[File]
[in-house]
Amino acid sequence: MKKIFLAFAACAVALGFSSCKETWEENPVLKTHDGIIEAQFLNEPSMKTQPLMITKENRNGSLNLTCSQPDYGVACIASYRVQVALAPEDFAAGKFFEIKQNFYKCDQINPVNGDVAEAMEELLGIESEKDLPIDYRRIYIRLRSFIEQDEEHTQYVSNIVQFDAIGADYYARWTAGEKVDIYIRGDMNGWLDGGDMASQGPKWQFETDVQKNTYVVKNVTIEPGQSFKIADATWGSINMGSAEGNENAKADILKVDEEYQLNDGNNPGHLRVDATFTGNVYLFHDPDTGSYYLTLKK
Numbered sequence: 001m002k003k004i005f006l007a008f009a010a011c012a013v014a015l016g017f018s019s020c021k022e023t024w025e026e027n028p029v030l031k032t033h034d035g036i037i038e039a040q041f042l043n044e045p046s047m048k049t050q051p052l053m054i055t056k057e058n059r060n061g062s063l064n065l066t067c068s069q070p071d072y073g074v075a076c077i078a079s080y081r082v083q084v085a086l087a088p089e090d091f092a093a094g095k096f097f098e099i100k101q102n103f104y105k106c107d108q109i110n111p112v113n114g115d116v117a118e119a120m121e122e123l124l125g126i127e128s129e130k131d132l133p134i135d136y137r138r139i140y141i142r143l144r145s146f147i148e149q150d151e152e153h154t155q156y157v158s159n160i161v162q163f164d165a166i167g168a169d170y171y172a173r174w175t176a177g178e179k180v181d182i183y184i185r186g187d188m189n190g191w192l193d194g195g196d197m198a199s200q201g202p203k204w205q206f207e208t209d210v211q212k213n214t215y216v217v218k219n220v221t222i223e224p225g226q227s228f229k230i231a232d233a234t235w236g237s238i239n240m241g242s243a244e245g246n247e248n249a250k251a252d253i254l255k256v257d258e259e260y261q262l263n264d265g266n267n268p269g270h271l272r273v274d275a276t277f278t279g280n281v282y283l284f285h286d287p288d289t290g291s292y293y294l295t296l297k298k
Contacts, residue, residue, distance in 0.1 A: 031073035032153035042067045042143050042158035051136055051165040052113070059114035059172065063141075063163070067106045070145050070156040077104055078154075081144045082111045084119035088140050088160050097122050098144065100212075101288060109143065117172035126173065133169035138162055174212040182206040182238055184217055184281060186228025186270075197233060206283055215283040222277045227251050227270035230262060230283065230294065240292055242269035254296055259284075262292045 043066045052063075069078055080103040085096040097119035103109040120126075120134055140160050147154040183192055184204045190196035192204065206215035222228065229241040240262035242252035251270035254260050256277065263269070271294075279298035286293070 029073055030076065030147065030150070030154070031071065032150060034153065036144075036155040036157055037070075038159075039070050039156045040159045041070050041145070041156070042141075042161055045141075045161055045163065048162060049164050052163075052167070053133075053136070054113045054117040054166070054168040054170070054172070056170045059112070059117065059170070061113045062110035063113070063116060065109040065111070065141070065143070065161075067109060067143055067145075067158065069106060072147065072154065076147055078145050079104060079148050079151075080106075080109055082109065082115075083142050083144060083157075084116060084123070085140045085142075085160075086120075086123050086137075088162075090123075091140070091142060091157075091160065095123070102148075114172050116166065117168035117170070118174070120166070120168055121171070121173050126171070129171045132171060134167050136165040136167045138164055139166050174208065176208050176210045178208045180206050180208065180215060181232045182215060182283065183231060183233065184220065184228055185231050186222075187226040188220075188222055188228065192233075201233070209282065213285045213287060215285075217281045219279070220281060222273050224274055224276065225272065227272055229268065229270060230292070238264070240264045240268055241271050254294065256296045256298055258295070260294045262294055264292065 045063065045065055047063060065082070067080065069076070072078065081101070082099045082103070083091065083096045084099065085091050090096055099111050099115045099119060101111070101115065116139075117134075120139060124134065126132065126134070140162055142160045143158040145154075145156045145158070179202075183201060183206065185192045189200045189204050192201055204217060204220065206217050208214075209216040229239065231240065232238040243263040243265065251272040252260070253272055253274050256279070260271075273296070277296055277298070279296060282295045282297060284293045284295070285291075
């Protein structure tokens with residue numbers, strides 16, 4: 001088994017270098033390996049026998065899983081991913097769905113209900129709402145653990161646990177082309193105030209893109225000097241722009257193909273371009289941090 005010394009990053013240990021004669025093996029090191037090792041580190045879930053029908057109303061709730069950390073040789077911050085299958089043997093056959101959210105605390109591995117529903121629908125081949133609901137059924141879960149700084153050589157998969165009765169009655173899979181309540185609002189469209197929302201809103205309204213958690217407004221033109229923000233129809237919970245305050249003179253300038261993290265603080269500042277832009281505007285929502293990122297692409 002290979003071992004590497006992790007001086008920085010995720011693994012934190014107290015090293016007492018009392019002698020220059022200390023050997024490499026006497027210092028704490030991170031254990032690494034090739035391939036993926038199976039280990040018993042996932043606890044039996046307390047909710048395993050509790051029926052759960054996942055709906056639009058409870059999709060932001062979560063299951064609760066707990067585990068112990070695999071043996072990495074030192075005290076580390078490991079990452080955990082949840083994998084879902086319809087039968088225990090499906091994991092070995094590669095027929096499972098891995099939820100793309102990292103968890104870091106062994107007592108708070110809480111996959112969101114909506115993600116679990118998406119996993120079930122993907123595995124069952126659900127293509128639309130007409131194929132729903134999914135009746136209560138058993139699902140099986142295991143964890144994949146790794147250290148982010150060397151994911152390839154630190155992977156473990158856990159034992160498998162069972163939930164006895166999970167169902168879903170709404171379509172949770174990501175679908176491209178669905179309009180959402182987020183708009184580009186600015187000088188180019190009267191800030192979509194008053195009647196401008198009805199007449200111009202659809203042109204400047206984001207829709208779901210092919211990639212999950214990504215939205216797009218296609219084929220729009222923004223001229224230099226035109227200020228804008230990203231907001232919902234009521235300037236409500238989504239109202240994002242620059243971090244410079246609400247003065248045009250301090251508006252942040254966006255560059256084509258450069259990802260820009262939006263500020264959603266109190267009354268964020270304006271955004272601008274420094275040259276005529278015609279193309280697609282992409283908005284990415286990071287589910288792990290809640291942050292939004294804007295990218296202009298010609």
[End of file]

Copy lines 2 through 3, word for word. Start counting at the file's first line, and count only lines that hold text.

Amino acid sequence: MKKIFLAFAACAVALGFSSCKETWEENPVLKTHDGIIEAQFLNEPSMKTQPLMITKENRNGSLNLTCSQPDYGVACIASYRVQVALAPEDFAAGKFFEIKQNFYKCDQINPVNGDVAEAMEELLGIESEKDLPIDYRRIYIRLRSFIEQDEEHTQYVSNIVQFDAIGADYYARWTAGEKVDIYIRGDMNGWLDGGDMASQGPKWQFETDVQKNTYVVKNVTIEPGQSFKIADATWGSINMGSAEGNENAKADILKVDEEYQLNDGNNPGHLRVDATFTGNVYLFHDPDTGSYYLTLKK
Numbered sequence: 001m002k003k004i005f006l007a008f009a010a011c012a013v014a015l016g017f018s019s020c021k022e023t024w025e026e027n028p029v030l031k032t033h034d035g036i037i038e039a040q041f042l043n044e045p046s047m048k049t050q051p052l053m054i055t056k057e058n059r060n061g062s063l064n065l066t067c068s069q070p071d072y073g074v075a076c077i078a079s080y081r082v083q084v085a086l087a088p089e090d091f092a093a094g095k096f097f098e099i100k101q102n103f104y105k106c107d108q109i110n111p112v113n114g115d116v117a118e119a120m121e122e123l124l125g126i127e128s129e130k131d132l133p134i135d136y137r138r139i140y141i142r143l144r145s146f147i148e149q150d151e152e153h154t155q156y157v158s159n160i161v162q163f164d165a166i167g168a169d170y171y172a173r174w175t176a177g178e179k180v181d182i183y184i185r186g187d188m189n190g191w192l193d194g195g196d197m198a199s200q201g202p203k204w205q206f207e208t209d210v211q212k213n214t215y216v217v218k219n220v221t222i223e224p225g226q227s228f229k230i231a232d233a234t235w236g237s238i239n240m241g242s243a244e245g246n247e248n249a250k251a252d253i254l255k256v257d258e259e260y261q262l263n264d265g266n267n268p269g270h271l272r273v274d275a276t277f278t279g280n281v282y283l284f285h286d287p288d289t290g291s292y293y294l295t296l297k298k